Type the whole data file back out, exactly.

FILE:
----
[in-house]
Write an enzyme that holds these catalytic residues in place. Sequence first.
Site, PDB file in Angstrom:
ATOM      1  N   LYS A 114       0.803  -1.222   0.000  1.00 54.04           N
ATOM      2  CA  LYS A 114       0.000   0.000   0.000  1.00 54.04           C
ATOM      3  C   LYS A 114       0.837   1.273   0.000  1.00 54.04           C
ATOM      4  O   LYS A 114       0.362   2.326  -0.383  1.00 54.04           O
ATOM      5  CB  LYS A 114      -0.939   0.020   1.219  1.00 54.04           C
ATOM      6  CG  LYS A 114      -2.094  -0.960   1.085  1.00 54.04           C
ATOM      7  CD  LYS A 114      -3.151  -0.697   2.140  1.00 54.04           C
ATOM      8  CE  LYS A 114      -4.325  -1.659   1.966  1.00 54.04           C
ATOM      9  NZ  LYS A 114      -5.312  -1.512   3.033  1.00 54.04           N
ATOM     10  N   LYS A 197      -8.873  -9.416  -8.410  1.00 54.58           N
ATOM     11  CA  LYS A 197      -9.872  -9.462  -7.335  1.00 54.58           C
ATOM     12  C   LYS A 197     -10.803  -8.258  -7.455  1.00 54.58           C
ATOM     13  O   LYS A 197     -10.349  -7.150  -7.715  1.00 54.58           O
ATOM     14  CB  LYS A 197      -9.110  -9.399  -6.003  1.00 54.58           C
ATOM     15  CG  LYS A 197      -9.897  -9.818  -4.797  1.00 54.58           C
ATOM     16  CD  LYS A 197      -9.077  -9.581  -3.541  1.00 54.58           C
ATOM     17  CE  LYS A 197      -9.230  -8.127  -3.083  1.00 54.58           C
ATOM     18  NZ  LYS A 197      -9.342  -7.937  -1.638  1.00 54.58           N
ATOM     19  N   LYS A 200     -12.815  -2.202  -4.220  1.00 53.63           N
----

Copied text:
[in-house]
Write an enzyme that holds these catalytic residues in place. Sequence first.
Site, PDB file in Angstrom:
ATOM      1  N   LYS A 114       0.803  -1.222   0.000  1.00 54.04           N
ATOM      2  CA  LYS A 114       0.000   0.000   0.000  1.00 54.04           C
ATOM      3  C   LYS A 114       0.837   1.273   0.000  1.00 54.04           C
ATOM      4  O   LYS A 114       0.362   2.326  -0.383  1.00 54.04           O
ATOM      5  CB  LYS A 114      -0.939   0.020   1.219  1.00 54.04           C
ATOM      6  CG  LYS A 114      -2.094  -0.960   1.085  1.00 54.04           C
ATOM      7  CD  LYS A 114      -3.151  -0.697   2.140  1.00 54.04           C
ATOM      8  CE  LYS A 114      -4.325  -1.659   1.966  1.00 54.04           C
ATOM      9  NZ  LYS A 114      -5.312  -1.512   3.033  1.00 54.04           N
ATOM     10  N   LYS A 197      -8.873  -9.416  -8.410  1.00 54.58           N
ATOM     11  CA  LYS A 197      -9.872  -9.462  -7.335  1.00 54.58           C
ATOM     12  C   LYS A 197     -10.803  -8.258  -7.455  1.00 54.58           C
ATOM     13  O   LYS A 197     -10.349  -7.150  -7.715  1.00 54.58           O
ATOM     14  CB  LYS A 197      -9.110  -9.399  -6.003  1.00 54.58           C
ATOM     15  CG  LYS A 197      -9.897  -9.818  -4.797  1.00 54.58           C
ATOM     16  CD  LYS A 197      -9.077  -9.581  -3.541  1.00 54.58           C
ATOM     17  CE  LYS A 197      -9.230  -8.127  -3.083  1.00 54.58           C
ATOM     18  NZ  LYS A 197      -9.342  -7.937  -1.638  1.00 54.58           N
ATOM     19  N   LYS A 200     -12.815  -2.202  -4.220  1.00 53.63           N